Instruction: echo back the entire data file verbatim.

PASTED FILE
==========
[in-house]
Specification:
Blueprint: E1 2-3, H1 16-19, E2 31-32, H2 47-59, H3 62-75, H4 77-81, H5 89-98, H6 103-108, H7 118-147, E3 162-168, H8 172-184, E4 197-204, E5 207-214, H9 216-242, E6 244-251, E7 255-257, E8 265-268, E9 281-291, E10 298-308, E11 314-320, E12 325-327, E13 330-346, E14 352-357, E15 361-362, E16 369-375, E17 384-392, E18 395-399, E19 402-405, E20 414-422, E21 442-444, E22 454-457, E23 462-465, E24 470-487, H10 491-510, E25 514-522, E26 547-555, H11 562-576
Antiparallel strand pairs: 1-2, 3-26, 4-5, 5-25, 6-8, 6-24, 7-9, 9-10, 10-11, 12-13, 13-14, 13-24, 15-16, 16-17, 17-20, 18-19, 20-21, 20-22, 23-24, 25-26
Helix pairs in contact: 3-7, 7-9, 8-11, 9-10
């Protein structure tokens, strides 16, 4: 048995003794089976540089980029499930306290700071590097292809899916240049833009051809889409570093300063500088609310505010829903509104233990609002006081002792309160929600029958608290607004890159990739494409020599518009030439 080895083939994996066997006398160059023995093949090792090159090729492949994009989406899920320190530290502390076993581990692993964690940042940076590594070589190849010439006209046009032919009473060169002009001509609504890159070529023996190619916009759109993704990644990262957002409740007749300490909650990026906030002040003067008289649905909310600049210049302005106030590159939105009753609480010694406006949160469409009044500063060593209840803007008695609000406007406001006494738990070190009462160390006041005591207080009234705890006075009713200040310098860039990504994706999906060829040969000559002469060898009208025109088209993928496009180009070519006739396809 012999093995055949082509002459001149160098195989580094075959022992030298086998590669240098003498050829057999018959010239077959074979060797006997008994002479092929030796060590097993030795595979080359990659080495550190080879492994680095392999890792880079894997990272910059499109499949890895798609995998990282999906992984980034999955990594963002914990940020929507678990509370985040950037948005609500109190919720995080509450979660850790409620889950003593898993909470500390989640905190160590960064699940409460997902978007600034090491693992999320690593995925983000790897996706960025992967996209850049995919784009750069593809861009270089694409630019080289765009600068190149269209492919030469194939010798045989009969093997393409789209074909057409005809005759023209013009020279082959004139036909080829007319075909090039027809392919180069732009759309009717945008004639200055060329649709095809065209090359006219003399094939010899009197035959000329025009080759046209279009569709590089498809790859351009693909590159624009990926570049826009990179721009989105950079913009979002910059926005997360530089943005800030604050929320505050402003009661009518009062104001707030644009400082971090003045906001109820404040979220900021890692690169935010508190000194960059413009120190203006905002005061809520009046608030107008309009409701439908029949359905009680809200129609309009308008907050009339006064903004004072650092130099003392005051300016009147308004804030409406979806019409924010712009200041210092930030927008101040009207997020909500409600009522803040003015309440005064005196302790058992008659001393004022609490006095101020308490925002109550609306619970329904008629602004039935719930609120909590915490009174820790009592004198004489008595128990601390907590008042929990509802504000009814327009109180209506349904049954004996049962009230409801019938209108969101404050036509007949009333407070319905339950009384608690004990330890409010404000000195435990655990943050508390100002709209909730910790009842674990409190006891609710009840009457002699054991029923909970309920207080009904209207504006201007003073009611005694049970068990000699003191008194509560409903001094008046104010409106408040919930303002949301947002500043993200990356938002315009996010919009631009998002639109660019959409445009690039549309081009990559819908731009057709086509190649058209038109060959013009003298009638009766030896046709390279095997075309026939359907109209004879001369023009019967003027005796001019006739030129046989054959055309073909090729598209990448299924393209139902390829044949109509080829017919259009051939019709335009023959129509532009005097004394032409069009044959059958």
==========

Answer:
[in-house]
Specification:
Blueprint: E1 2-3, H1 16-19, E2 31-32, H2 47-59, H3 62-75, H4 77-81, H5 89-98, H6 103-108, H7 118-147, E3 162-168, H8 172-184, E4 197-204, E5 207-214, H9 216-242, E6 244-251, E7 255-257, E8 265-268, E9 281-291, E10 298-308, E11 314-320, E12 325-327, E13 330-346, E14 352-357, E15 361-362, E16 369-375, E17 384-392, E18 395-399, E19 402-405, E20 414-422, E21 442-444, E22 454-457, E23 462-465, E24 470-487, H10 491-510, E25 514-522, E26 547-555, H11 562-576
Antiparallel strand pairs: 1-2, 3-26, 4-5, 5-25, 6-8, 6-24, 7-9, 9-10, 10-11, 12-13, 13-14, 13-24, 15-16, 16-17, 17-20, 18-19, 20-21, 20-22, 23-24, 25-26
Helix pairs in contact: 3-7, 7-9, 8-11, 9-10
């Protein structure tokens, strides 16, 4: 048995003794089976540089980029499930306290700071590097292809899916240049833009051809889409570093300063500088609310505010829903509104233990609002006081002792309160929600029958608290607004890159990739494409020599518009030439 080895083939994996066997006398160059023995093949090792090159090729492949994009989406899920320190530290502390076993581990692993964690940042940076590594070589190849010439006209046009032919009473060169002009001509609504890159070529023996190619916009759109993704990644990262957002409740007749300490909650990026906030002040003067008289649905909310600049210049302005106030590159939105009753609480010694406006949160469409009044500063060593209840803007008695609000406007406001006494738990070190009462160390006041005591207080009234705890006075009713200040310098860039990504994706999906060829040969000559002469060898009208025109088209993928496009180009070519006739396809 012999093995055949082509002459001149160098195989580094075959022992030298086998590669240098003498050829057999018959010239077959074979060797006997008994002479092929030796060590097993030795595979080359990659080495550190080879492994680095392999890792880079894997990272910059499109499949890895798609995998990282999906992984980034999955990594963002914990940020929507678990509370985040950037948005609500109190919720995080509450979660850790409620889950003593898993909470500390989640905190160590960064699940409460997902978007600034090491693992999320690593995925983000790897996706960025992967996209850049995919784009750069593809861009270089694409630019080289765009600068190149269209492919030469194939010798045989009969093997393409789209074909057409005809005759023209013009020279082959004139036909080829007319075909090039027809392919180069732009759309009717945008004639200055060329649709095809065209090359006219003399094939010899009197035959000329025009080759046209279009569709590089498809790859351009693909590159624009990926570049826009990179721009989105950079913009979002910059926005997360530089943005800030604050929320505050402003009661009518009062104001707030644009400082971090003045906001109820404040979220900021890692690169935010508190000194960059413009120190203006905002005061809520009046608030107008309009409701439908029949359905009680809200129609309009308008907050009339006064903004004072650092130099003392005051300016009147308004804030409406979806019409924010712009200041210092930030927008101040009207997020909500409600009522803040003015309440005064005196302790058992008659001393004022609490006095101020308490925002109550609306619970329904008629602004039935719930609120909590915490009174820790009592004198004489008595128990601390907590008042929990509802504000009814327009109180209506349904049954004996049962009230409801019938209108969101404050036509007949009333407070319905339950009384608690004990330890409010404000000195435990655990943050508390100002709209909730910790009842674990409190006891609710009840009457002699054991029923909970309920207080009904209207504006201007003073009611005694049970068990000699003191008194509560409903001094008046104010409106408040919930303002949301947002500043993200990356938002315009996010919009631009998002639109660019959409445009690039549309081009990559819908731009057709086509190649058209038109060959013009003298009638009766030896046709390279095997075309026939359907109209004879001369023009019967003027005796001019006739030129046989054959055309073909090729598209990448299924393209139902390829044949109509080829017919259009051939019709335009023959129509532009005097004394032409069009044959059958």